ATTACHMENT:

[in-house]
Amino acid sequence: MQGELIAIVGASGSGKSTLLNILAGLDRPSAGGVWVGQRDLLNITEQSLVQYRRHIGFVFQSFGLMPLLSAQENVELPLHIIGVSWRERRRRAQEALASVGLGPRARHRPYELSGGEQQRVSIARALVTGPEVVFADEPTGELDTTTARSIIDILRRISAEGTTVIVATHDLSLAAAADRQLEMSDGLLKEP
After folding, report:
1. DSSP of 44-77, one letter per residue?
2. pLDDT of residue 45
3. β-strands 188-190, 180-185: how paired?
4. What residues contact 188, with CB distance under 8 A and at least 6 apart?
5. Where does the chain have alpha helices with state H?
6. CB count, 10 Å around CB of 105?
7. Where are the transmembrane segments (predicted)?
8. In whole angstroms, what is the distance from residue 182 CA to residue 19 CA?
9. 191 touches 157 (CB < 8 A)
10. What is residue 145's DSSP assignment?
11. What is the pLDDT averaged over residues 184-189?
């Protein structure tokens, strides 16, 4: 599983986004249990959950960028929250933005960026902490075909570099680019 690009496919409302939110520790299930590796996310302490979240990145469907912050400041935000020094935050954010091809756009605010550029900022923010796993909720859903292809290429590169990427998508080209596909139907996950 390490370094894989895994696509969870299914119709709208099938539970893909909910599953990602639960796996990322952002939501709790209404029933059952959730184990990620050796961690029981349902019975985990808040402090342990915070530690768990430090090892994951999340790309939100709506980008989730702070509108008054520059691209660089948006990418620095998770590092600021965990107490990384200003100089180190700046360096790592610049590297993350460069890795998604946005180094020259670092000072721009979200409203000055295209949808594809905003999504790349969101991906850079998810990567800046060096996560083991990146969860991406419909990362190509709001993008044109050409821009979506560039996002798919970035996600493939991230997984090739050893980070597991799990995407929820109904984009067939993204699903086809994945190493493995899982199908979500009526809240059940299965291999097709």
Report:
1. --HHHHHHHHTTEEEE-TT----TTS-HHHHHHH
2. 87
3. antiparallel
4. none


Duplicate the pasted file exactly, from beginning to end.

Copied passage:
[in-house]
Amino acid sequence: MQGELIAIVGASGSGKSTLLNILAGLDRPSAGGVWVGQRDLLNITEQSLVQYRRHIGFVFQSFGLMPLLSAQENVELPLHIIGVSWRERRRRAQEALASVGLGPRARHRPYELSGGEQQRVSIARALVTGPEVVFADEPTGELDTTTARSIIDILRRISAEGTTVIVATHDLSLAAAADRQLEMSDGLLKEP
After folding, report:
1. DSSP of 44-77, one letter per residue?
2. pLDDT of residue 45
3. β-strands 188-190, 180-185: how paired?
4. What residues contact 188, with CB distance under 8 A and at least 6 apart?
5. Where does the chain have alpha helices with state H?
6. CB count, 10 Å around CB of 105?
7. Where are the transmembrane segments (predicted)?
8. In whole angstroms, what is the distance from residue 182 CA to residue 19 CA?
9. 191 touches 157 (CB < 8 A)
10. What is residue 145's DSSP assignment?
11. What is the pLDDT averaged over residues 184-189?
């Protein structure tokens, strides 16, 4: 599983986004249990959950960028929250933005960026902490075909570099680019 690009496919409302939110520790299930590796996310302490979240990145469907912050400041935000020094935050954010091809756009605010550029900022923010796993909720859903292809290429590169990427998508080209596909139907996950 390490370094894989895994696509969870299914119709709208099938539970893909909910599953990602639960796996990322952002939501709790209404029933059952959730184990990620050796961690029981349902019975985990808040402090342990915070530690768990430090090892994951999340790309939100709506980008989730702070509108008054520059691209660089948006990418620095998770590092600021965990107490990384200003100089180190700046360096790592610049590297993350460069890795998604946005180094020259670092000072721009979200409203000055295209949808594809905003999504790349969101991906850079998810990567800046060096996560083991990146969860991406419909990362190509709001993008044109050409821009979506560039996002798919970035996600493939991230997984090739050893980070597991799990995407929820109904984009067939993204699903086809994945190493493995899982199908979500009526809240059940299965291999097709």
Report:
1. --HHHHHHHHTTEEEE-TT----TTS-HHHHHHH
2. 87
3. antiparallel
4. none